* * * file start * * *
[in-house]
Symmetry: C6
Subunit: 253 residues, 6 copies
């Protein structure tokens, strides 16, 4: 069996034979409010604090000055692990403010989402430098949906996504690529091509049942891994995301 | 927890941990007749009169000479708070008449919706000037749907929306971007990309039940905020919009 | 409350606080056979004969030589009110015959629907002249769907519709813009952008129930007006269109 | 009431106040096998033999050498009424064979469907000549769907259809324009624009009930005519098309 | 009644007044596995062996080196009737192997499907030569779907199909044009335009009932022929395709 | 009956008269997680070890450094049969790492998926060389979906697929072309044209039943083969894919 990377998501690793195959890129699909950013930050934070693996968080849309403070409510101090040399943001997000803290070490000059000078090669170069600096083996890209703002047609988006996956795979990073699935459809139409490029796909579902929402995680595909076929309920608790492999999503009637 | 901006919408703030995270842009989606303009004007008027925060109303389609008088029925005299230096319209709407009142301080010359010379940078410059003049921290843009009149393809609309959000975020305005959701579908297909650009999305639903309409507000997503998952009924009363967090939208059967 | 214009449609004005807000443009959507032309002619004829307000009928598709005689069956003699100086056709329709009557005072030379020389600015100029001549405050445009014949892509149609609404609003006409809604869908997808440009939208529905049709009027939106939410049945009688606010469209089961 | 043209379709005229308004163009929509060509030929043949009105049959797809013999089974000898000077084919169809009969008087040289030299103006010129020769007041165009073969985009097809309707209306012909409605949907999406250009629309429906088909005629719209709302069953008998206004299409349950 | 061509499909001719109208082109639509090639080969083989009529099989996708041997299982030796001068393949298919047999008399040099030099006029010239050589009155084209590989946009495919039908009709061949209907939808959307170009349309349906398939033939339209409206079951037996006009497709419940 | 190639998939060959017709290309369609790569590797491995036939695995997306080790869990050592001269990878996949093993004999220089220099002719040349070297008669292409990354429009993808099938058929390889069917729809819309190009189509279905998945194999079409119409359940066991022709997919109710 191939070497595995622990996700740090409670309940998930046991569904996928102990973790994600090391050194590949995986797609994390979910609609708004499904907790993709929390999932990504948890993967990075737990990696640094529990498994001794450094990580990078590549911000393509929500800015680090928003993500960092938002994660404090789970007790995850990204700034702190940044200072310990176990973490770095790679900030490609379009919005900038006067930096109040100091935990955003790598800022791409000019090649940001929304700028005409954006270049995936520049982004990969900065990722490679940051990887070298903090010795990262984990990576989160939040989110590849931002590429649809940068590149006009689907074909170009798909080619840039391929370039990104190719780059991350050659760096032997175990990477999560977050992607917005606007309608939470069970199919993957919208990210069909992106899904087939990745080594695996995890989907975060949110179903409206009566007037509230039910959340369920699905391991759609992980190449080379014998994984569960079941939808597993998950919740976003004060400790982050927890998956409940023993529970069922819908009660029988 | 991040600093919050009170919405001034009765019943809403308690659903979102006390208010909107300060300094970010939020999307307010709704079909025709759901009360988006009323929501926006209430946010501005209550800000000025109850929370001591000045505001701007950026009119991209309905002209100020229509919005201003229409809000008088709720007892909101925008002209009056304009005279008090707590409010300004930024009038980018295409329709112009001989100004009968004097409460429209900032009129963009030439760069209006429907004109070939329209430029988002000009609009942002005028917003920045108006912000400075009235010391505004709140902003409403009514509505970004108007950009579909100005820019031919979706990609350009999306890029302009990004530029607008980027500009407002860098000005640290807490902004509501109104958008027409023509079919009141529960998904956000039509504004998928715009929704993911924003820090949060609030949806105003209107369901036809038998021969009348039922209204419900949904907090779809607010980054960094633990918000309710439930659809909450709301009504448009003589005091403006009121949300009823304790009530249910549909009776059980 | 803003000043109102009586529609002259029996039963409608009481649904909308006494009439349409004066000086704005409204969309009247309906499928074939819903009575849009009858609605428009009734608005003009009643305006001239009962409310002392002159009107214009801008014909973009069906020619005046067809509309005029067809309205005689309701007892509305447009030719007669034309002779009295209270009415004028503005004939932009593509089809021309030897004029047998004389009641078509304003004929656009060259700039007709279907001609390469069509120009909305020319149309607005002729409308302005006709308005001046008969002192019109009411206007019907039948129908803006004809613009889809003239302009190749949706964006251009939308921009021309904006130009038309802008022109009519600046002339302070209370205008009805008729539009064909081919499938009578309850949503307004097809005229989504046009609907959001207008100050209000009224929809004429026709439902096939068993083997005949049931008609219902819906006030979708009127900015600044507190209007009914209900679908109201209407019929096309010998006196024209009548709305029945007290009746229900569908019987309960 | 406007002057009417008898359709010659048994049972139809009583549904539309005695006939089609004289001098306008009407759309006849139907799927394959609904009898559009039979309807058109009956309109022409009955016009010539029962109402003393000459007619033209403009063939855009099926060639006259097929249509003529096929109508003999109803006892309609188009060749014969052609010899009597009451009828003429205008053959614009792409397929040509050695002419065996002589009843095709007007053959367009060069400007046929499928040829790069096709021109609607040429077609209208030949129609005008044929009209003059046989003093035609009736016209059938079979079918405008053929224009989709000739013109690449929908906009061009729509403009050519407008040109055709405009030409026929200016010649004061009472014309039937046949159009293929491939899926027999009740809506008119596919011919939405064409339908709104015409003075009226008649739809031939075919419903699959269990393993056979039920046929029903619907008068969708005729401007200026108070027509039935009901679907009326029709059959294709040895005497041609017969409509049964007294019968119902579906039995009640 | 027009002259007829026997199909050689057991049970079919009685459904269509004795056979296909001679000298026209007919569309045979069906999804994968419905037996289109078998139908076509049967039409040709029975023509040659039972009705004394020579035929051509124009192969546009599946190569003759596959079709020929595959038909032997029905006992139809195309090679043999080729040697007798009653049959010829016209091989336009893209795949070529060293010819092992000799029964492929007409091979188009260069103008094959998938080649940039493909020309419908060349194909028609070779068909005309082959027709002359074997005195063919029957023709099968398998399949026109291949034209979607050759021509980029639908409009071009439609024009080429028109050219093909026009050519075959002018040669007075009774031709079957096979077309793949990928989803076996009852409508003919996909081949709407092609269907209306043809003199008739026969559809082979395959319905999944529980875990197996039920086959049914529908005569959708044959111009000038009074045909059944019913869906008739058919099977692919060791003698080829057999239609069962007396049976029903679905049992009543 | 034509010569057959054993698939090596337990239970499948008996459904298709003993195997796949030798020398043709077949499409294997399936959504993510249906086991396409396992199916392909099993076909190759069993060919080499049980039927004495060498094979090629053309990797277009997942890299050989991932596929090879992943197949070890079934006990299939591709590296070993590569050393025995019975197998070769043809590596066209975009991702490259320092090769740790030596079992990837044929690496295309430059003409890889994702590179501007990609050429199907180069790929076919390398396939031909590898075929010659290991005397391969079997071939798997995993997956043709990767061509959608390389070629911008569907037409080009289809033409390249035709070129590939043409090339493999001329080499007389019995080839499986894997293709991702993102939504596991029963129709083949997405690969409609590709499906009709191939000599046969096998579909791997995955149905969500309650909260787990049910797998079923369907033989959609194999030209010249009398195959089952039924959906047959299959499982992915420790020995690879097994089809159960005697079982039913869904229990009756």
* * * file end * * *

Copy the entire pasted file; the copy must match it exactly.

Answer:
[in-house]
Symmetry: C6
Subunit: 253 residues, 6 copies
């Protein structure tokens, strides 16, 4: 069996034979409010604090000055692990403010989402430098949906996504690529091509049942891994995301 | 927890941990007749009169000479708070008449919706000037749907929306971007990309039940905020919009 | 409350606080056979004969030589009110015959629907002249769907519709813009952008129930007006269109 | 009431106040096998033999050498009424064979469907000549769907259809324009624009009930005519098309 | 009644007044596995062996080196009737192997499907030569779907199909044009335009009932022929395709 | 009956008269997680070890450094049969790492998926060389979906697929072309044209039943083969894919 990377998501690793195959890129699909950013930050934070693996968080849309403070409510101090040399943001997000803290070490000059000078090669170069600096083996890209703002047609988006996956795979990073699935459809139409490029796909579902929402995680595909076929309920608790492999999503009637 | 901006919408703030995270842009989606303009004007008027925060109303389609008088029925005299230096319209709407009142301080010359010379940078410059003049921290843009009149393809609309959000975020305005959701579908297909650009999305639903309409507000997503998952009924009363967090939208059967 | 214009449609004005807000443009959507032309002619004829307000009928598709005689069956003699100086056709329709009557005072030379020389600015100029001549405050445009014949892509149609609404609003006409809604869908997808440009939208529905049709009027939106939410049945009688606010469209089961 | 043209379709005229308004163009929509060509030929043949009105049959797809013999089974000898000077084919169809009969008087040289030299103006010129020769007041165009073969985009097809309707209306012909409605949907999406250009629309429906088909005629719209709302069953008998206004299409349950 | 061509499909001719109208082109639509090639080969083989009529099989996708041997299982030796001068393949298919047999008399040099030099006029010239050589009155084209590989946009495919039908009709061949209907939808959307170009349309349906398939033939339209409206079951037996006009497709419940 | 190639998939060959017709290309369609790569590797491995036939695995997306080790869990050592001269990878996949093993004999220089220099002719040349070297008669292409990354429009993808099938058929390889069917729809819309190009189509279905998945194999079409119409359940066991022709997919109710 191939070497595995622990996700740090409670309940998930046991569904996928102990973790994600090391050194590949995986797609994390979910609609708004499904907790993709929390999932990504948890993967990075737990990696640094529990498994001794450094990580990078590549911000393509929500800015680090928003993500960092938002994660404090789970007790995850990204700034702190940044200072310990176990973490770095790679900030490609379009919005900038006067930096109040100091935990955003790598800022791409000019090649940001929304700028005409954006270049995936520049982004990969900065990722490679940051990887070298903090010795990262984990990576989160939040989110590849931002590429649809940068590149006009689907074909170009798909080619840039391929370039990104190719780059991350050659760096032997175990990477999560977050992607917005606007309608939470069970199919993957919208990210069909992106899904087939990745080594695996995890989907975060949110179903409206009566007037509230039910959340369920699905391991759609992980190449080379014998994984569960079941939808597993998950919740976003004060400790982050927890998956409940023993529970069922819908009660029988 | 991040600093919050009170919405001034009765019943809403308690659903979102006390208010909107300060300094970010939020999307307010709704079909025709759901009360988006009323929501926006209430946010501005209550800000000025109850929370001591000045505001701007950026009119991209309905002209100020229509919005201003229409809000008088709720007892909101925008002209009056304009005279008090707590409010300004930024009038980018295409329709112009001989100004009968004097409460429209900032009129963009030439760069209006429907004109070939329209430029988002000009609009942002005028917003920045108006912000400075009235010391505004709140902003409403009514509505970004108007950009579909100005820019031919979706990609350009999306890029302009990004530029607008980027500009407002860098000005640290807490902004509501109104958008027409023509079919009141529960998904956000039509504004998928715009929704993911924003820090949060609030949806105003209107369901036809038998021969009348039922209204419900949904907090779809607010980054960094633990918000309710439930659809909450709301009504448009003589005091403006009121949300009823304790009530249910549909009776059980 | 803003000043109102009586529609002259029996039963409608009481649904909308006494009439349409004066000086704005409204969309009247309906499928074939819903009575849009009858609605428009009734608005003009009643305006001239009962409310002392002159009107214009801008014909973009069906020619005046067809509309005029067809309205005689309701007892509305447009030719007669034309002779009295209270009415004028503005004939932009593509089809021309030897004029047998004389009641078509304003004929656009060259700039007709279907001609390469069509120009909305020319149309607005002729409308302005006709308005001046008969002192019109009411206007019907039948129908803006004809613009889809003239302009190749949706964006251009939308921009021309904006130009038309802008022109009519600046002339302070209370205008009805008729539009064909081919499938009578309850949503307004097809005229989504046009609907959001207008100050209000009224929809004429026709439902096939068993083997005949049931008609219902819906006030979708009127900015600044507190209007009914209900679908109201209407019929096309010998006196024209009548709305029945007290009746229900569908019987309960 | 406007002057009417008898359709010659048994049972139809009583549904539309005695006939089609004289001098306008009407759309006849139907799927394959609904009898559009039979309807058109009956309109022409009955016009010539029962109402003393000459007619033209403009063939855009099926060639006259097929249509003529096929109508003999109803006892309609188009060749014969052609010899009597009451009828003429205008053959614009792409397929040509050695002419065996002589009843095709007007053959367009060069400007046929499928040829790069096709021109609607040429077609209208030949129609005008044929009209003059046989003093035609009736016209059938079979079918405008053929224009989709000739013109690449929908906009061009729509403009050519407008040109055709405009030409026929200016010649004061009472014309039937046949159009293929491939899926027999009740809506008119596919011919939405064409339908709104015409003075009226008649739809031939075919419903699959269990393993056979039920046929029903619907008068969708005729401007200026108070027509039935009901679907009326029709059959294709040895005497041609017969409509049964007294019968119902579906039995009640 | 027009002259007829026997199909050689057991049970079919009685459904269509004795056979296909001679000298026209007919569309045979069906999804994968419905037996289109078998139908076509049967039409040709029975023509040659039972009705004394020579035929051509124009192969546009599946190569003759596959079709020929595959038909032997029905006992139809195309090679043999080729040697007798009653049959010829016209091989336009893209795949070529060293010819092992000799029964492929007409091979188009260069103008094959998938080649940039493909020309419908060349194909028609070779068909005309082959027709002359074997005195063919029957023709099968398998399949026109291949034209979607050759021509980029639908409009071009439609024009080429028109050219093909026009050519075959002018040669007075009774031709079957096979077309793949990928989803076996009852409508003919996909081949709407092609269907209306043809003199008739026969559809082979395959319905999944529980875990197996039920086959049914529908005569959708044959111009000038009074045909059944019913869906008739058919099977692919060791003698080829057999239609069962007396049976029903679905049992009543 | 034509010569057959054993698939090596337990239970499948008996459904298709003993195997796949030798020398043709077949499409294997399936959504993510249906086991396409396992199916392909099993076909190759069993060919080499049980039927004495060498094979090629053309990797277009997942890299050989991932596929090879992943197949070890079934006990299939591709590296070993590569050393025995019975197998070769043809590596066209975009991702490259320092090769740790030596079992990837044929690496295309430059003409890889994702590179501007990609050429199907180069790929076919390398396939031909590898075929010659290991005397391969079997071939798997995993997956043709990767061509959608390389070629911008569907037409080009289809033409390249035709070129590939043409090339493999001329080499007389019995080839499986894997293709991702993102939504596991029963129709083949997405690969409609590709499906009709191939000599046969096998579909791997995955149905969500309650909260787990049910797998079923369907033989959609194999030209010249009398195959089952039924959906047959299959499982992915420790020995690879097994089809159960005697079982039913869904229990009756």